Europe spends €3 million in neuromorphic R&D around SynSense
The project reportedly began in January 2020 with a team that included researchers from Leti, IMEC, IBM Zurich and the China-backed Swiss startup SynSense AG (see Swiss neuromorphic startup changes name, raises money).
The official title of the 42-month project is ‘Memory technologies with multi-scale time constants for neuromorphic architectures’ shortened to MeM-Scales. The project is 100 percent funded by European Union tax payers to the amount of €3,950,628 and 75 eurocents according to the Horizon2020 project page here. Under the contract SynSense receives €200,000.
The plan is for MeM-Scales to build novel memory and device technologies and autonomous learning algorithms to support on-chip learning for both synapses and neurons. This would be done with a view to merging biological and electronic sensing and computation in such applications as distributed environmental monitoring, implantable medical diagnostic microchips, wearable electronics and human-computer interaction.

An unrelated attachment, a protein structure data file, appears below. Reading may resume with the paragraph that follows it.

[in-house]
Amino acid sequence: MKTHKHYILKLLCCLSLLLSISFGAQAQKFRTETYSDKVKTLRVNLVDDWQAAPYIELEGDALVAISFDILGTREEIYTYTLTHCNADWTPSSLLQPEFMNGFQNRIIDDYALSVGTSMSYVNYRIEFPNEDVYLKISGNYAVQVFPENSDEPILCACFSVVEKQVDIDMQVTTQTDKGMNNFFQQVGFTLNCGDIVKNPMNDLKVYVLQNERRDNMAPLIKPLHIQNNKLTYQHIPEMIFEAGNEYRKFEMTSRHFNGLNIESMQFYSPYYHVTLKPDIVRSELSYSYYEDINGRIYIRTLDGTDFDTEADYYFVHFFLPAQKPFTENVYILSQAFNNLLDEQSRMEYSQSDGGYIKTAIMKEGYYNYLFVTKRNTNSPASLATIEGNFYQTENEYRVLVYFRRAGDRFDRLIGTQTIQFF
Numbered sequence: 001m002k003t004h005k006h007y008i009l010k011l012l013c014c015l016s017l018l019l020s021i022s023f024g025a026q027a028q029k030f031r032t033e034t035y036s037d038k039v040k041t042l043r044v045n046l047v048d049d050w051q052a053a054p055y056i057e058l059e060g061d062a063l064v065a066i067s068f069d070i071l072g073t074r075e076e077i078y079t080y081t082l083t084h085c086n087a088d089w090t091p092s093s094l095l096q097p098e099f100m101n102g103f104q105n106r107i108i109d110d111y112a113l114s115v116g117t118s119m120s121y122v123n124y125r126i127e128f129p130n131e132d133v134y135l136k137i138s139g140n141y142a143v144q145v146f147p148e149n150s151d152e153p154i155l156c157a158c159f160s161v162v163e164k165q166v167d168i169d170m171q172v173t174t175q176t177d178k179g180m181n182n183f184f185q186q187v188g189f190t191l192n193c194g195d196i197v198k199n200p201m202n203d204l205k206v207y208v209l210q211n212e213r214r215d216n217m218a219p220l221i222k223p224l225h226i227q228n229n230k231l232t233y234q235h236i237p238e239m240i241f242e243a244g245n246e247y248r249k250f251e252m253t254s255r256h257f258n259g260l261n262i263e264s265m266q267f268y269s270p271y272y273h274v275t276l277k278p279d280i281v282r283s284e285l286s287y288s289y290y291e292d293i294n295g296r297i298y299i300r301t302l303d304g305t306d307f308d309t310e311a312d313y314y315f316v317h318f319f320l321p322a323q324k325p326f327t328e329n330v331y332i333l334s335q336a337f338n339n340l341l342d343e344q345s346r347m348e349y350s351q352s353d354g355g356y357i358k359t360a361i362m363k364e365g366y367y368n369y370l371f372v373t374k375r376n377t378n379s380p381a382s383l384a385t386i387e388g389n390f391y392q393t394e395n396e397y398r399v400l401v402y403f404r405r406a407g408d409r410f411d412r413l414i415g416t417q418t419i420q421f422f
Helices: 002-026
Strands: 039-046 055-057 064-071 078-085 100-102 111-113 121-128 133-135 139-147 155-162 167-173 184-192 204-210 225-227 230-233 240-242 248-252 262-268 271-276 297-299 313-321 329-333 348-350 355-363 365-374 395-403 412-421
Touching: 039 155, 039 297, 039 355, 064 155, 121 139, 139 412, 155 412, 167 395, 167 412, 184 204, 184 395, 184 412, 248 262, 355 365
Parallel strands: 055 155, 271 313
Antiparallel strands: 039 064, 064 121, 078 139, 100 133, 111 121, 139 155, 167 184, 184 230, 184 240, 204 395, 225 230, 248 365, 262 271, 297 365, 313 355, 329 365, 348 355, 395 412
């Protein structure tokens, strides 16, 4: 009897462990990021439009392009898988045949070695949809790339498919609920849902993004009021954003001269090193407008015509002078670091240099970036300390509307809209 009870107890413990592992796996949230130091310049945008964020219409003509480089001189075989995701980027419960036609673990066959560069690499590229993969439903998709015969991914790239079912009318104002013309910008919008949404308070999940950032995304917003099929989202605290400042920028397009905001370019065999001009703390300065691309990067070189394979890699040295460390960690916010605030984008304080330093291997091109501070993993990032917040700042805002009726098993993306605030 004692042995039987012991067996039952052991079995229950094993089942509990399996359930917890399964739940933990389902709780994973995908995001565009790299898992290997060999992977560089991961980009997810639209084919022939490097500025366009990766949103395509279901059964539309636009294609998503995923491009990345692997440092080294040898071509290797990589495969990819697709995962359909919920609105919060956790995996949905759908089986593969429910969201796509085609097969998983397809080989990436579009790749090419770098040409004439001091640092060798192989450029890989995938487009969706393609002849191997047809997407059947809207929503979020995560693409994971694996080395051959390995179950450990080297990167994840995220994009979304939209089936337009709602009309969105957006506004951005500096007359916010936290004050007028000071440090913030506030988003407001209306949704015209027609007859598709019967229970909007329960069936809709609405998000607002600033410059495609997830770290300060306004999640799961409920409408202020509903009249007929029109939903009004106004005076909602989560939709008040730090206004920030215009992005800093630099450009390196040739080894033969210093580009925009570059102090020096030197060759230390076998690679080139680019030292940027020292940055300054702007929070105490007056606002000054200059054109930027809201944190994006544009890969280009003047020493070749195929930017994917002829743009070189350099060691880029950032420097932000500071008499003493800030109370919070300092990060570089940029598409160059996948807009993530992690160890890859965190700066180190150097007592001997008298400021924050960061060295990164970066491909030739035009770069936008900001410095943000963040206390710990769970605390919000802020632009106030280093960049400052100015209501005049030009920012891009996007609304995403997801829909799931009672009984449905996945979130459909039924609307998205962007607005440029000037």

The results will be used to build neuromorphic computing systems that can process efficiently real-world sensory signals and natural time-series data in real-time and to demonstrate this with a practical laboratory prototype. This will enable low-power and always-on IoT and edge-computing computing processing systems for applications do not need to, or cannot afford to, connect to the cloud.
Next: Nine orders of magnitude
The significance of multi-timescale in the naming of the project comes from biological neural processing that can occur over time-scales ranging from milliseconds (axonal transmission) to seconds (spoken phrases) and much longer intervals (motor learning).
“The MeM-Scales project aims at lifting neuromorphic computing in analog spiking microprocessors to an entirely new level of performance,” said Elisa Vianello, manager of CEA-Leti’s AI program and the coordinator of the MeM-Scales project.
The project is looking to use multi-timescale resistive non-volatile memory technologies as well as thin-film transistor (TFT) technology timescales spanning up to nine orders of magnitude. Computational methods will be tailored to cope with low numerical precision, parameter drift, stochasticity and device mismatch that are inherent in analog nanoscale devices.
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